Chapter One, titled “The Hollywood Dreams of Jessie Matthews and the British Film Industry,” deals with reservations about American and Hollywood in the 1930s films of one of Britain’s major stars, Jessie Matthews: “I used to like gangsters and newspaper films, but I’m not so sure now.” British cinema grudgingly recognized the technical superiority of Hollywood but was torn between emulation and developing its own techniques. Matthews’s films, such as It’s Love Again (1936), Head Over Heels (1937), and Gangway (1937), reflect this ambivalence featuring a star who could have been Fred Astaire’s next dancing partner but preferred to remain home. Focusing on “The Mysterious American in 1930s British Cinema,” the next chapter examines the suspicious nature of Americans in Britain, such as Robert Young’s American disguised German spy in Secret Agent (1936), Edward G. Robinson’s diffuse figure in Thunder in the City (1937), the possible criminal mastermind Hartley Power in The Return of the Frog (1938), and the elusive figures of future, Slim Grissom in No Orchids for Miss Blandish (1948) and Jack LaRue in Murder in Soho (1938).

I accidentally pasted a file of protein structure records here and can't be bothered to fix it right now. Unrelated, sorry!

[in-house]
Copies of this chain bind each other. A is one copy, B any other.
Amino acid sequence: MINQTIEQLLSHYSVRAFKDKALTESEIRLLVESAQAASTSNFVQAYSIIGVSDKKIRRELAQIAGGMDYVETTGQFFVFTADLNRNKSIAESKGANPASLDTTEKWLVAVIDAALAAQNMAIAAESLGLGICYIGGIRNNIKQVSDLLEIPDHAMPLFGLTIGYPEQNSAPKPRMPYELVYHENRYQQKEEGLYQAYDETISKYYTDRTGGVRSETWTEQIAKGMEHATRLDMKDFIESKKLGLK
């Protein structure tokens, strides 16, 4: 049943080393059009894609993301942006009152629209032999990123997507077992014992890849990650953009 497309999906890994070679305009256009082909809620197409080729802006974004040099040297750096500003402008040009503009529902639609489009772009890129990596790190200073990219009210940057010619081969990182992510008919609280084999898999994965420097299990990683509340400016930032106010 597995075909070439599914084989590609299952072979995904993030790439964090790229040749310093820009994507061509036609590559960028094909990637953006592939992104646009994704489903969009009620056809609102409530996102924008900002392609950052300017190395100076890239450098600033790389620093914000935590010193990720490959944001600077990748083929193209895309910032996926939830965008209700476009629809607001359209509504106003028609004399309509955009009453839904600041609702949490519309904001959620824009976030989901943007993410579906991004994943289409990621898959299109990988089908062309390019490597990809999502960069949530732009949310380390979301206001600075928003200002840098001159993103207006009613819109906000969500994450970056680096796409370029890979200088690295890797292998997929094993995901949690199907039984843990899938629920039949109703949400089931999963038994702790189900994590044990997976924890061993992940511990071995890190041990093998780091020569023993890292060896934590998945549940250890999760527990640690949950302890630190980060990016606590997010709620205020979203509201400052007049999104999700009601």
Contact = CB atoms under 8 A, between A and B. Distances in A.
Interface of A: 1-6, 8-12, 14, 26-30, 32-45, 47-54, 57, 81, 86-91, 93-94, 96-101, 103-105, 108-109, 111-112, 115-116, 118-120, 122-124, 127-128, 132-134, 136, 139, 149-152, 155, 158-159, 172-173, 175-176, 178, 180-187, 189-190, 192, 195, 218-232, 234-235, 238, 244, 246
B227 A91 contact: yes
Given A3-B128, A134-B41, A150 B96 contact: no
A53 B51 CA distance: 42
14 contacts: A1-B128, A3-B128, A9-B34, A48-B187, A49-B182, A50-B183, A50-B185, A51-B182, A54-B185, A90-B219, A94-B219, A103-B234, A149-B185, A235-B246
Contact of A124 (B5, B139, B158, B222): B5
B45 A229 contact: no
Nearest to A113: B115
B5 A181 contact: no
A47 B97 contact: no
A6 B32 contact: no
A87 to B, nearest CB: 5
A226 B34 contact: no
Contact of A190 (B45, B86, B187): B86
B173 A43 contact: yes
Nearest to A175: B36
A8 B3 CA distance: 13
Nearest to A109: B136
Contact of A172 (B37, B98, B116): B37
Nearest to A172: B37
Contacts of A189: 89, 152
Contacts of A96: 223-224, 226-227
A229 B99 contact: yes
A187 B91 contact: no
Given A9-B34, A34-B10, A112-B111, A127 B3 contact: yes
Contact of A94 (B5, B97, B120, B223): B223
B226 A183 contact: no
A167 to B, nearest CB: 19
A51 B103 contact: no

Some other examples come to mind not mentioned in the book. The idea of the dangerously mobile U.S. Citizen also extended even into the early 60s, as seen in William Sylvester’s role as a trigger-happy private eye having to be subjected to the British restraint of Welsh-born actor Hugh David (1925-1987) playing Stephen Drummond the English successor to John Turner’s Adam Knight in the “Clint’s Case” 11 May 1961 episode of Knight Errant. Peculiarly, when John Turner took over the leading role in the ITV series The Sentimental Agent (1963) from Carlos Thompson for five episodes, he played his Bill Randall with an awful American accent as a last moment replacement for another series aimed at the US market. Also, the curiously unmentioned novel by Edgar Wallace – When the Gangs Came to London (1932) – about Prohibition era-gangsters coming to England, a novel never filmed, would have formed an interesting point of comparison for this book. Many cultural incongruities abound in this area of study, a factor that should lead to further studies.